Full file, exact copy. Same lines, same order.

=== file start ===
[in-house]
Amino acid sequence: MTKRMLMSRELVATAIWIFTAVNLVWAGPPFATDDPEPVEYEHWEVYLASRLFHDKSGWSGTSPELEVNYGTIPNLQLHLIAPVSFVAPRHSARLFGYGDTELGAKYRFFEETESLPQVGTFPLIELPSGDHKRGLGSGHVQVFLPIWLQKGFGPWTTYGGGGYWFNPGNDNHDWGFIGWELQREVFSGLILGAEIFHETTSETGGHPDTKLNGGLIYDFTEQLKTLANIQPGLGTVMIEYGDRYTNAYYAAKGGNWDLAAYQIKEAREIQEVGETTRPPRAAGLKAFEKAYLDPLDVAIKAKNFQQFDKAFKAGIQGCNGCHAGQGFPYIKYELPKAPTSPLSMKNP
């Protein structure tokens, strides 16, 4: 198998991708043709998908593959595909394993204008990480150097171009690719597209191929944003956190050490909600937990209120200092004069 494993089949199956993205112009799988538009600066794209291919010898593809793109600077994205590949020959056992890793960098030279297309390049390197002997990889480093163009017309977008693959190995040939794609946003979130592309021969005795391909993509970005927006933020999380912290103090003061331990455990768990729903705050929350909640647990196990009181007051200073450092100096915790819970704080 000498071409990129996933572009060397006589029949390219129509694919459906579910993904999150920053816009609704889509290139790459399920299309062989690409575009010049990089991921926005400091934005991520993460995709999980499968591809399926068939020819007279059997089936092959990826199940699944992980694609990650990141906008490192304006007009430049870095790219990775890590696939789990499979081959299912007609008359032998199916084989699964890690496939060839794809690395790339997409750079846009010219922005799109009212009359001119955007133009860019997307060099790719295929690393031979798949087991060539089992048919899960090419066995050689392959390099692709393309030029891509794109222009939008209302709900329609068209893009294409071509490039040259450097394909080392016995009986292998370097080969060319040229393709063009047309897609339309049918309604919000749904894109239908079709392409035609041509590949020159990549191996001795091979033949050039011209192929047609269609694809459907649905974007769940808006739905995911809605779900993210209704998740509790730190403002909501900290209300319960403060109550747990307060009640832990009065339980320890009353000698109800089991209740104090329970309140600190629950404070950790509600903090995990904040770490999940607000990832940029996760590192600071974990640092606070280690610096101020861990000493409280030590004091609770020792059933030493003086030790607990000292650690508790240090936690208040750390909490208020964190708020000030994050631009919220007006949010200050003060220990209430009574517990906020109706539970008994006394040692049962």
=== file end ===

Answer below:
[in-house]
Amino acid sequence: MTKRMLMSRELVATAIWIFTAVNLVWAGPPFATDDPEPVEYEHWEVYLASRLFHDKSGWSGTSPELEVNYGTIPNLQLHLIAPVSFVAPRHSARLFGYGDTELGAKYRFFEETESLPQVGTFPLIELPSGDHKRGLGSGHVQVFLPIWLQKGFGPWTTYGGGGYWFNPGNDNHDWGFIGWELQREVFSGLILGAEIFHETTSETGGHPDTKLNGGLIYDFTEQLKTLANIQPGLGTVMIEYGDRYTNAYYAAKGGNWDLAAYQIKEAREIQEVGETTRPPRAAGLKAFEKAYLDPLDVAIKAKNFQQFDKAFKAGIQGCNGCHAGQGFPYIKYELPKAPTSPLSMKNP
């Protein structure tokens, strides 16, 4: 198998991708043709998908593959595909394993204008990480150097171009690719597209191929944003956190050490909600937990209120200092004069 494993089949199956993205112009799988538009600066794209291919010898593809793109600077994205590949020959056992890793960098030279297309390049390197002997990889480093163009017309977008693959190995040939794609946003979130592309021969005795391909993509970005927006933020999380912290103090003061331990455990768990729903705050929350909640647990196990009181007051200073450092100096915790819970704080 000498071409990129996933572009060397006589029949390219129509694919459906579910993904999150920053816009609704889509290139790459399920299309062989690409575009010049990089991921926005400091934005991520993460995709999980499968591809399926068939020819007279059997089936092959990826199940699944992980694609990650990141906008490192304006007009430049870095790219990775890590696939789990499979081959299912007609008359032998199916084989699964890690496939060839794809690395790339997409750079846009010219922005799109009212009359001119955007133009860019997307060099790719295929690393031979798949087991060539089992048919899960090419066995050689392959390099692709393309030029891509794109222009939008209302709900329609068209893009294409071509490039040259450097394909080392016995009986292998370097080969060319040229393709063009047309897609339309049918309604919000749904894109239908079709392409035609041509590949020159990549191996001795091979033949050039011209192929047609269609694809459907649905974007769940808006739905995911809605779900993210209704998740509790730190403002909501900290209300319960403060109550747990307060009640832990009065339980320890009353000698109800089991209740104090329970309140600190629950404070950790509600903090995990904040770490999940607000990832940029996760590192600071974990640092606070280690610096101020861990000493409280030590004091609770020792059933030493003086030790607990000292650690508790240090936690208040750390909490208020964190708020000030994050631009919220007006949010200050003060220990209430009574517990906020109706539970008994006394040692049962």